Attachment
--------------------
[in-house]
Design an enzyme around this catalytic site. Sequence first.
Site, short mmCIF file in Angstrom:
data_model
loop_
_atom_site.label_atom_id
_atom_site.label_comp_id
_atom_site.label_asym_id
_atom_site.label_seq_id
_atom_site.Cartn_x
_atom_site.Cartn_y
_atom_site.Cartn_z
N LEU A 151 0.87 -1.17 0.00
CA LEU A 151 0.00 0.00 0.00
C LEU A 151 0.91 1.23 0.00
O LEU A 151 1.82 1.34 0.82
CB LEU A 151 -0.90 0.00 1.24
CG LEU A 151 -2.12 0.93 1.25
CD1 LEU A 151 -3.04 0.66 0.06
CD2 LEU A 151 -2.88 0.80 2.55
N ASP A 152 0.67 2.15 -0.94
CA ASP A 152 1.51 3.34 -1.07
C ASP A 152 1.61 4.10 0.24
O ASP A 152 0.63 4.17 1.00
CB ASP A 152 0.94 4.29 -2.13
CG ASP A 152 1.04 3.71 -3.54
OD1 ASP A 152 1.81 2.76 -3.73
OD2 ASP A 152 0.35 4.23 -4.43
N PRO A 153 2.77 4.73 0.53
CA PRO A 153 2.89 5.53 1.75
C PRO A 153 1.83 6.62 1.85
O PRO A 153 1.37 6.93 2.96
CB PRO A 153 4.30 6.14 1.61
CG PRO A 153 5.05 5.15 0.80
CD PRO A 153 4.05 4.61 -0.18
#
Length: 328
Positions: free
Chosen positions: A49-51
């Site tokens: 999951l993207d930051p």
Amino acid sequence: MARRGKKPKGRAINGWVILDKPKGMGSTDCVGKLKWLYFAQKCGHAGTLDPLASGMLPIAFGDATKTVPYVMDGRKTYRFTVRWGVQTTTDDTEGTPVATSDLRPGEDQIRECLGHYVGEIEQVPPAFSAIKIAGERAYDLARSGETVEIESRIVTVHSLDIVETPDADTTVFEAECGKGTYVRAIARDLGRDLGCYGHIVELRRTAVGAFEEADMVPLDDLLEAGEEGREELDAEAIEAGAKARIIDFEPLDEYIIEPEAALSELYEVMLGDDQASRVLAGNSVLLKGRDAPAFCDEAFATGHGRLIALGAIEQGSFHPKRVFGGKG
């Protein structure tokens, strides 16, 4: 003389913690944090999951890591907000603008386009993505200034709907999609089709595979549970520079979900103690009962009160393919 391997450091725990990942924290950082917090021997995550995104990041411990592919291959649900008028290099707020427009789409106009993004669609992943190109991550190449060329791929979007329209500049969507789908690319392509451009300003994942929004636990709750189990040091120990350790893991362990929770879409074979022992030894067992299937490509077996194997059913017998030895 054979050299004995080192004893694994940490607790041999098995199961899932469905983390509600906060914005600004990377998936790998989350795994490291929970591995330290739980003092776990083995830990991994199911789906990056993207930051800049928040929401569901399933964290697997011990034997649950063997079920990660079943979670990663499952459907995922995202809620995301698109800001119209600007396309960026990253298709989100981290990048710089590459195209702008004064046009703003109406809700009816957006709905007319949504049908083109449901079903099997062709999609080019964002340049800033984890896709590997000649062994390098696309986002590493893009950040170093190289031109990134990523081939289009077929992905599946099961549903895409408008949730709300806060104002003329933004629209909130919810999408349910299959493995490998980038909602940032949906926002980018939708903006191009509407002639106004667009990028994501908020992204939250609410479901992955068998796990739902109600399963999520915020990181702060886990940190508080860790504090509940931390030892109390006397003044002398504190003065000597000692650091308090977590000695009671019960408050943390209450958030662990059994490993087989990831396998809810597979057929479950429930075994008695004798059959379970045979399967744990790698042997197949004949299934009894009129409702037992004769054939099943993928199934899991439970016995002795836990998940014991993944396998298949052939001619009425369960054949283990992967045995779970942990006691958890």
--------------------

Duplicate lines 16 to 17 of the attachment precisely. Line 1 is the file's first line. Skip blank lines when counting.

O LEU A 151 1.82 1.34 0.82
CB LEU A 151 -0.90 0.00 1.24